If you add the suffix »∙heit« or »∙keit« to an adjective, you create a noun from that adjective (which btw. always is female):
dunkel → die Dunkelheit
fröhlich → die Fröhlichkeit
This is the same what you do with »∙ness« in English:
dark → the darkness
happy → the happiness
The noun you create this way is the name of the uncountable and universal concept of being dark/happy or whatever.
Der Mann im grauen Umhang verschwand lautlos in der Dunkelheit.
The man in the gray cloak disappeared silently into the darkness.
Sandra verbreitete Fröhlichkeit, wo immer sie auftauchte.
Sandra spread happiness wherever she appeared.
And in German, the noun Dummheit exactly fits into this scheme. So, a better translation of Dummheit might probably be stupidness:
dumm → die Dummheit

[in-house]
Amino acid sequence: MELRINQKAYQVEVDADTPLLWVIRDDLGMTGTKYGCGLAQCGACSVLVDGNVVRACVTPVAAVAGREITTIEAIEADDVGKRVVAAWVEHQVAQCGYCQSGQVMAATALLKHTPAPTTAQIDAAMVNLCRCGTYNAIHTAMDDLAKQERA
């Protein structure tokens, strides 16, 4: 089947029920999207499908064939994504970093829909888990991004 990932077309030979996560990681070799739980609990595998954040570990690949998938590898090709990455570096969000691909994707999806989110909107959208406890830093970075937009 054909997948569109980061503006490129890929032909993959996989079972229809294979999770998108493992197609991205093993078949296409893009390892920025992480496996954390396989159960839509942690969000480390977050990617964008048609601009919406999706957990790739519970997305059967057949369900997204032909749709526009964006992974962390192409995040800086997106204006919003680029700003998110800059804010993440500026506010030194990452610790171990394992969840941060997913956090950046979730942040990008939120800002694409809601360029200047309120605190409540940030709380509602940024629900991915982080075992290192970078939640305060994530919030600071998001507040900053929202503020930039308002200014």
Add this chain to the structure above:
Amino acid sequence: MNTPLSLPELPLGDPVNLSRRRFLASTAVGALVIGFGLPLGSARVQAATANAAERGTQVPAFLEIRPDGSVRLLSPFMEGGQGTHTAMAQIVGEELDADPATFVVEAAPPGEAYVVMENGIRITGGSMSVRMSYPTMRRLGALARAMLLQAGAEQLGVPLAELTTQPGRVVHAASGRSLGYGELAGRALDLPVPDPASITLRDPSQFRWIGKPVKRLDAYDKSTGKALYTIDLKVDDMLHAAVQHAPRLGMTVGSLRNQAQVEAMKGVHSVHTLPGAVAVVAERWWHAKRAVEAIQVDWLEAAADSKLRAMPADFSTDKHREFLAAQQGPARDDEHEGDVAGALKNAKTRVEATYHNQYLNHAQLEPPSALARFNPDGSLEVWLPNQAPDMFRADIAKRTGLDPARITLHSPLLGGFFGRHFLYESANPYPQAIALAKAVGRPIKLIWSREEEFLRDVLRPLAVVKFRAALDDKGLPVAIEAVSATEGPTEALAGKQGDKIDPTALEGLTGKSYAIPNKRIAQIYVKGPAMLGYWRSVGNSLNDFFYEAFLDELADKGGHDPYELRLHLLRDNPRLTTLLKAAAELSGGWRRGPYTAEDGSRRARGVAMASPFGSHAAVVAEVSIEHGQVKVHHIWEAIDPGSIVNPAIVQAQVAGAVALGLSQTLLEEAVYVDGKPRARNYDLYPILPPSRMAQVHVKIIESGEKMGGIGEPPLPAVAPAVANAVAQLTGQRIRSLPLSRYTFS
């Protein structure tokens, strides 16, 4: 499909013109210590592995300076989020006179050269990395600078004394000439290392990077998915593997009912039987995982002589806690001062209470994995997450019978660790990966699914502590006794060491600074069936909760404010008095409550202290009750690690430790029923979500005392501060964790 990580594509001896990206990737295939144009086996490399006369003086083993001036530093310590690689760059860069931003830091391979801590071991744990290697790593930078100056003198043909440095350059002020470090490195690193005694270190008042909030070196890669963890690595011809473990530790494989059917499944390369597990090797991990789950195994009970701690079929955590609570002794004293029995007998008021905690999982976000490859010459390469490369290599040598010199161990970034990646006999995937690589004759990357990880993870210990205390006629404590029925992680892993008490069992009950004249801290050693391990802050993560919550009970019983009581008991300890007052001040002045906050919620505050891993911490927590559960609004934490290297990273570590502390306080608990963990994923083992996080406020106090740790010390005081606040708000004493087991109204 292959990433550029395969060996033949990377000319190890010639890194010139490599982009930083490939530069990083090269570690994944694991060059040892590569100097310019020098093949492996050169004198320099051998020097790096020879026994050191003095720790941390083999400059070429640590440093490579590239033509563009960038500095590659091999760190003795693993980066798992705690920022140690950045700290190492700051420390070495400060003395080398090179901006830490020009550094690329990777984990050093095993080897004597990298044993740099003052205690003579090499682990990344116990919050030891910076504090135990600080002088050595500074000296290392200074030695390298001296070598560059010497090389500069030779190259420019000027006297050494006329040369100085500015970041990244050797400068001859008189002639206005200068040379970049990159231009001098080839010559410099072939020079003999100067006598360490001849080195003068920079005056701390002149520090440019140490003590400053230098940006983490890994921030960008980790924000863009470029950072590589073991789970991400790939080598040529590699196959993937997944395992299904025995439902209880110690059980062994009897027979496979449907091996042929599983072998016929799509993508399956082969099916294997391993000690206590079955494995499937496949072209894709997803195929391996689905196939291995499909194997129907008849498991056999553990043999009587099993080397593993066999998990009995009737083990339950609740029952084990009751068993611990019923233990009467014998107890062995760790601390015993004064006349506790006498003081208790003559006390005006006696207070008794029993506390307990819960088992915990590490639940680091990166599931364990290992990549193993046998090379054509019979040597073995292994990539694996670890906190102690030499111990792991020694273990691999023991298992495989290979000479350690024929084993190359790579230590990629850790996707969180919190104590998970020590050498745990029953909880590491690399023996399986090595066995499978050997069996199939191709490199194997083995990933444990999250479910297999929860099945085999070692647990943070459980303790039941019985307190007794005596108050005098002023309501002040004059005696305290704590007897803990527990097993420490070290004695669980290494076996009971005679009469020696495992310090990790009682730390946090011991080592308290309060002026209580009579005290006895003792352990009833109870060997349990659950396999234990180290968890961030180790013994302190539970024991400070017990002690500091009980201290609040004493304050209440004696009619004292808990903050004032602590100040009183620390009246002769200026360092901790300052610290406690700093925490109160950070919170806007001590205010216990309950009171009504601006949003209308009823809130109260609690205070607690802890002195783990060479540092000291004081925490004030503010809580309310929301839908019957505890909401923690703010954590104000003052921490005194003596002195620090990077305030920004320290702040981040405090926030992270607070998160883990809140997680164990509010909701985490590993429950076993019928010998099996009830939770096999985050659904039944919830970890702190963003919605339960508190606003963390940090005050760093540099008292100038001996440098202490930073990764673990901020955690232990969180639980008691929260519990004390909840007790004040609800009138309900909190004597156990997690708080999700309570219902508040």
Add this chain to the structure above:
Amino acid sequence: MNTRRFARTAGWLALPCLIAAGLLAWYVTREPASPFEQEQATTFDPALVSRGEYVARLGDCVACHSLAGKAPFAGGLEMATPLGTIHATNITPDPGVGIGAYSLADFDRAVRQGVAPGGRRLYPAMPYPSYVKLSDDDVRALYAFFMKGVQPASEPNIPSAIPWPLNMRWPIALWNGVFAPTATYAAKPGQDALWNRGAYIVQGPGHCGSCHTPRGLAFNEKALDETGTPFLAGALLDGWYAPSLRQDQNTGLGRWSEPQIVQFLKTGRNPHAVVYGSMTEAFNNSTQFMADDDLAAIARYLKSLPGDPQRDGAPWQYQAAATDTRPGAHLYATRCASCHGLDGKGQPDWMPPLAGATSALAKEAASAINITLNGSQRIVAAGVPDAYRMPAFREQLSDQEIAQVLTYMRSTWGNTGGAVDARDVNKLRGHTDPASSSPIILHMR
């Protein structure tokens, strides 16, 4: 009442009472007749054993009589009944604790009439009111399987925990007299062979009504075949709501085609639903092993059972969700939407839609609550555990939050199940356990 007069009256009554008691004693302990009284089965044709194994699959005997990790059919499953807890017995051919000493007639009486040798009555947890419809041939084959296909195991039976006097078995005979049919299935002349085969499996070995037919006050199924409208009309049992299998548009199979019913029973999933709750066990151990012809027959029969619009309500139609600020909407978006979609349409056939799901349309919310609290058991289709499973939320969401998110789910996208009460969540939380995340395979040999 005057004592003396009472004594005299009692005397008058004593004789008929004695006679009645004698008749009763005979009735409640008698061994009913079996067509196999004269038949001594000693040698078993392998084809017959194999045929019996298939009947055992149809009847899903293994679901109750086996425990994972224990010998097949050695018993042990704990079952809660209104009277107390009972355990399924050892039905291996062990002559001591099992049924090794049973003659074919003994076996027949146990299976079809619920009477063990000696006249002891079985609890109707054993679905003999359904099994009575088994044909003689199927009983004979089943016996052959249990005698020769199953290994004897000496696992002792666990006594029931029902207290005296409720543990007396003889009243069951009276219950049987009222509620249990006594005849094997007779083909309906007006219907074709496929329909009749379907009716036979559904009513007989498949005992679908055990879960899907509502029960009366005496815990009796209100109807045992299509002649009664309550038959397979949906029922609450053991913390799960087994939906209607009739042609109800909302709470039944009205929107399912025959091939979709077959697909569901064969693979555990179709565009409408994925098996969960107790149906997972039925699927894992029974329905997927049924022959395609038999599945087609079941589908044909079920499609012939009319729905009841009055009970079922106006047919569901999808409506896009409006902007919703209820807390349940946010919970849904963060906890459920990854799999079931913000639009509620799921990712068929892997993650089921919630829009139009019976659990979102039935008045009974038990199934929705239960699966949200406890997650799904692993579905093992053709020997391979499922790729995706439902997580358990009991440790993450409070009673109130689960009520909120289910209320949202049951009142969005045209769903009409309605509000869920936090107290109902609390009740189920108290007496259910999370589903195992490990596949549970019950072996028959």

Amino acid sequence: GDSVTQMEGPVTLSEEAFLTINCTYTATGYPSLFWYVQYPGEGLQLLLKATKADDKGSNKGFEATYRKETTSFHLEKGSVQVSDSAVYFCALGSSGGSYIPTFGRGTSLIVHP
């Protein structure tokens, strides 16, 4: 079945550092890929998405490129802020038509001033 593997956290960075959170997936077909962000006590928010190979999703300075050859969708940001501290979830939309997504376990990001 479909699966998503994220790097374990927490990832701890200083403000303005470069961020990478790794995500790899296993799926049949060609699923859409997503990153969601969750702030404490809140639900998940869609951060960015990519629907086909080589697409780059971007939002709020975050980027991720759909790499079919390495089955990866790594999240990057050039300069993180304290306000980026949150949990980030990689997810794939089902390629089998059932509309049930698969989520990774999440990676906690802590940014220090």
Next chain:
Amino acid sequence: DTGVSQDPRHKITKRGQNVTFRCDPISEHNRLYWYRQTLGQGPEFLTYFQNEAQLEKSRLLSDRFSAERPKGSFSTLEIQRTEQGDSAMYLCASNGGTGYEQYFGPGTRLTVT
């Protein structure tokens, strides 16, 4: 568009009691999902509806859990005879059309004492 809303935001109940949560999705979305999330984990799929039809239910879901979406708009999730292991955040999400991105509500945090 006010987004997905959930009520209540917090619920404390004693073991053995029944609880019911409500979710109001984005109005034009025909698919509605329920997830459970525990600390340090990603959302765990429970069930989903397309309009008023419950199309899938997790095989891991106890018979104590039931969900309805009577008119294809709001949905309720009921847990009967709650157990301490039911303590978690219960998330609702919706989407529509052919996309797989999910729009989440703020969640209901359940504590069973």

stupid → the stupidness
So, the sentence you quoted might be translated as:
Even gods fight in vain with stupidness.
Google told me, that this word exists, but it is rare. You more often use stupidity in English:
Even gods fight in vain with stupidity.
And the meaning of this sentence is:
The universal concept of being stupid, that manifests in many people, is so strong and indomitable, that even gods have no power over it. (In the sense of: Stupidity is such an indomitable power, that nobody has a chance against it.)
You can interpret this sentence in two ways (in German as well as in English):
- Gods can be stupid.
(Everybody can be stupid.)
- Gods are at the mercy of other people's stupidity.
(Everybody is at the mercy of other people's stupidity.)
Its the context that makes clear which one makes sense. I think, that it is #2 in Die Jungfrau von Orleans.
I read in your comment, that you also have troubles to understand the verb kämpfen (to fight). It is the same fight, that you use in
Walter is fighting fatigue.
Walter kämpft gegen die Müdigkeit.
If you watch Walter, you won't see any fight. He is just close to fall asleep, although he wants to say awake.